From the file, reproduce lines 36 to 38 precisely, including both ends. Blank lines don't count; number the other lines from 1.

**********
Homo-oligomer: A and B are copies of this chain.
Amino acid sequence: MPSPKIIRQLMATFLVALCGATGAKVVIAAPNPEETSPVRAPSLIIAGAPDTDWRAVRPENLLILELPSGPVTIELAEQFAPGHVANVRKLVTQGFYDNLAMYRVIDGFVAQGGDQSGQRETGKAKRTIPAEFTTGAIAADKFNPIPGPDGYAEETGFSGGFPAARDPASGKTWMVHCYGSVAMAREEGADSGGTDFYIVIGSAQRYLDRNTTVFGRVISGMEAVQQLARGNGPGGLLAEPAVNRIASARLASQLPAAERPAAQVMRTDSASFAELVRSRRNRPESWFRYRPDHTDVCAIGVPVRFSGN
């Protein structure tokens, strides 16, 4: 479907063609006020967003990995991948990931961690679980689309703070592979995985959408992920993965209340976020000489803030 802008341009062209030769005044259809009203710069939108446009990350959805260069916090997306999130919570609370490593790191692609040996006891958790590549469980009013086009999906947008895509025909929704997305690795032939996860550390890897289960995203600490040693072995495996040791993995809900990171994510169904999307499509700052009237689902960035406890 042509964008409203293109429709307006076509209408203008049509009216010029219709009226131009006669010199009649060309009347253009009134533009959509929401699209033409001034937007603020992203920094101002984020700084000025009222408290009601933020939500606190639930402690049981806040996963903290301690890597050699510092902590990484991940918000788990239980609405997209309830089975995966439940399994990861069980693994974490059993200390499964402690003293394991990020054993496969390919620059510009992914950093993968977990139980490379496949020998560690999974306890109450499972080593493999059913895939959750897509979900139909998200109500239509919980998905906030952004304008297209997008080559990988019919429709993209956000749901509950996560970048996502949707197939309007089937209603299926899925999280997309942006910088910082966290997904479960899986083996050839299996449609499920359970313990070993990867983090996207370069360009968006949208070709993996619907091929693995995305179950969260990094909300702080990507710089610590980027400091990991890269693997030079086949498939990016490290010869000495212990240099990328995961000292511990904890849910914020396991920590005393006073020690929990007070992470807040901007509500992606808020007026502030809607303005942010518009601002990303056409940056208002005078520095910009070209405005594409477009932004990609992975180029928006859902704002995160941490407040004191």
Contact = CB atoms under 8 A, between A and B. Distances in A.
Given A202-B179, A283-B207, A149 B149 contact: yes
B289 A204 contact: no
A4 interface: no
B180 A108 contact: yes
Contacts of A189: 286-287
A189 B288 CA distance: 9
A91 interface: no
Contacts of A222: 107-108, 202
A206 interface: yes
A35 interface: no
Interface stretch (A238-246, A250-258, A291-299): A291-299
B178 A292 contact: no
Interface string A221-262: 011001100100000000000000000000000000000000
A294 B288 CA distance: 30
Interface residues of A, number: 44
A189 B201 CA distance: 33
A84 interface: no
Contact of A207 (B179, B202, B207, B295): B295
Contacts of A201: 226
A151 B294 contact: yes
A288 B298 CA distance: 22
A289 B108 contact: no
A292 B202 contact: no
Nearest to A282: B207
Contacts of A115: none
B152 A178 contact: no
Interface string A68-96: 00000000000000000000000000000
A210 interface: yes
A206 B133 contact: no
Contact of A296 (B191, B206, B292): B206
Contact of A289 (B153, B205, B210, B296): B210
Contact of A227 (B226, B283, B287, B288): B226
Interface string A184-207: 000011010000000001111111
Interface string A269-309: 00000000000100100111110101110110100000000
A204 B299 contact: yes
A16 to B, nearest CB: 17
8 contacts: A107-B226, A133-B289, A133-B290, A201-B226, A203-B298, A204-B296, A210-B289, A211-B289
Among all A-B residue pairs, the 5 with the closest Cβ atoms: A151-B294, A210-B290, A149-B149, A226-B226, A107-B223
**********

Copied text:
Contact of A227 (B226, B283, B287, B288): B226
Interface string A184-207: 000011010000000001111111
Interface string A269-309: 00000000000100100111110101110110100000000